Overloading and Falling Materials in Crane Safety

HoistCam Safety

Overloading and Falling Materials in Crane Safety

Crane load overhead

Crane load overhead

As mentioned in a previous article, one of the largest causes of injury and death in crane accidents is the danger of electrocution by overhead power lines. We’ve already shown how cameras on cranes can help with this issue. But what about overloading and falling materials in crane safety. How can HoistCam’s cameras on cranes help to ensure that the crane is not overloaded and that the load is properly secured?

As explained by Spanco, overloading can be a serious problem for crane safety. “According to OSHA, 80 percent of all crane upsets and structural failures can be attributed to exceeding the crane’s operational capacity. When a crane is overloaded, it is subject to structural stresses that may cause irreversible damage. Swinging or sudden dropping of the load, using defective components, hoisting a load beyond capacity, dragging a load and side-loading a boom can all cause overloading.”

OSHA also states that there is one accident for every ten thousand hours of use by a crane. Almost eighty percent of those accidents are said to be caused by human error, when the crane is loaded with more that it can safely lift. Unfortunately, the operator cannot always see the load, as it is often out of his line of sight. HoistCam’s cameras on cranes can help with this problem. By placing cameras in strategic places on the crane, the operator can increase his line of sight to see any part of the lift, including loading. The camera feeds to a monitor which the operator can simply glance at inside the cab. There’s no need for the operator to come down out of the cab to see the load. He can do so right from where he sits.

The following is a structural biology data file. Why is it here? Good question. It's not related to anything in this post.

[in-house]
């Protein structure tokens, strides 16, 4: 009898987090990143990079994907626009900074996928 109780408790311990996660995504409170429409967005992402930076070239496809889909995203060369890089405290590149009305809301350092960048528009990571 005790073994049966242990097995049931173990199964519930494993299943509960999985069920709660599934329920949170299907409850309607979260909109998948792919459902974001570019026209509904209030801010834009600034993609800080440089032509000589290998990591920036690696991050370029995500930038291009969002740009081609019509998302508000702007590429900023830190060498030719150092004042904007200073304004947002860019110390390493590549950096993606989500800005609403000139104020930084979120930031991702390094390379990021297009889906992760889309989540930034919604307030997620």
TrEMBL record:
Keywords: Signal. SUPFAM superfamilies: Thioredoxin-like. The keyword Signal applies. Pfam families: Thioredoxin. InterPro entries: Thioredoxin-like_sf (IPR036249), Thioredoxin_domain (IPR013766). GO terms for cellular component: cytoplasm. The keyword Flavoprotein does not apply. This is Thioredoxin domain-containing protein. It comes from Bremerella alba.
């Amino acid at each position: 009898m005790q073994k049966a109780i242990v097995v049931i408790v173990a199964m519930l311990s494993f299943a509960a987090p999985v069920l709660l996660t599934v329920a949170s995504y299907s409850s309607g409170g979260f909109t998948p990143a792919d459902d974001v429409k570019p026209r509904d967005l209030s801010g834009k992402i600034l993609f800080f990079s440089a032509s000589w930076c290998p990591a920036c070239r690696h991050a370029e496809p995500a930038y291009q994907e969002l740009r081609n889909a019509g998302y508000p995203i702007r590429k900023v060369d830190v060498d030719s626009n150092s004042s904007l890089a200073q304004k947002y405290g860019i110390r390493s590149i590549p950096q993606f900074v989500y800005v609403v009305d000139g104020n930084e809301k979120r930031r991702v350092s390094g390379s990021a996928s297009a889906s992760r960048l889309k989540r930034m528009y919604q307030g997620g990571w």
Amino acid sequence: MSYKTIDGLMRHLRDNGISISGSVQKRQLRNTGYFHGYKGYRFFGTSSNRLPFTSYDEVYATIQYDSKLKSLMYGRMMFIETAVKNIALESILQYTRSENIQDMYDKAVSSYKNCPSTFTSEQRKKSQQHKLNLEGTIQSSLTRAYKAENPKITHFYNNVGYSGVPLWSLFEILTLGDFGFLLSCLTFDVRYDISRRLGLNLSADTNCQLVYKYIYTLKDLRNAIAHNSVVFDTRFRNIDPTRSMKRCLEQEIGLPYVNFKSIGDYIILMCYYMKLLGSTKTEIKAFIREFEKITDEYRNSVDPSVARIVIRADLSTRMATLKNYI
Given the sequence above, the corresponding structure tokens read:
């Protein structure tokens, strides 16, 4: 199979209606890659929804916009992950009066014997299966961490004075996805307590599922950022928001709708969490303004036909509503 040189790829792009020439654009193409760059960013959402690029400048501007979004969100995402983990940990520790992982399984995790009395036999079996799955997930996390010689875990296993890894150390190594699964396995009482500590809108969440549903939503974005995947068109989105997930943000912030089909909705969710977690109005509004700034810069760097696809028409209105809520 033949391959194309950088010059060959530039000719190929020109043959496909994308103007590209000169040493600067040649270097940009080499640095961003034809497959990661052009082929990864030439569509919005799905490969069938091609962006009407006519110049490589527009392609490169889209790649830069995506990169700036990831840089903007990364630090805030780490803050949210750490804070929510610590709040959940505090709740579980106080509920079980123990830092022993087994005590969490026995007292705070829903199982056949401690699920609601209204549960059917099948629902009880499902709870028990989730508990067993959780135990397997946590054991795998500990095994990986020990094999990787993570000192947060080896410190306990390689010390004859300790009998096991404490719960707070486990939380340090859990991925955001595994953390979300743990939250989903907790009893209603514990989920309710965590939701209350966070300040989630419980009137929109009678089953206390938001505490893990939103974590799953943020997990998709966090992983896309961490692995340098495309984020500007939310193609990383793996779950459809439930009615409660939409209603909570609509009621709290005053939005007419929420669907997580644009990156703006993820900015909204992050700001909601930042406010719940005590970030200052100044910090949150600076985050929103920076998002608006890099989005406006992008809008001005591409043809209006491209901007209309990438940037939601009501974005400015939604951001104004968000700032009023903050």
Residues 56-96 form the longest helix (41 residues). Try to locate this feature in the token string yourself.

Not only does giving line of sight to the operator help him ensure that the lift is not overloaded, he can also double check to make sure that the load is secured properly. When a load is not properly secured, there is a huge risk of falling materials causing injuries or even death. Of course, falling materials also cost time and money. Again, with a simple glance at a monitor, the operator can watch as it is being loaded, being careful to note that it is not overloaded. He can then watch to make sure that the load is properly secured as the riggers and spotters are working. This not only saves time and money, but could save lives as well by preventing accidents which occur when a lift is overloaded or not properly secured.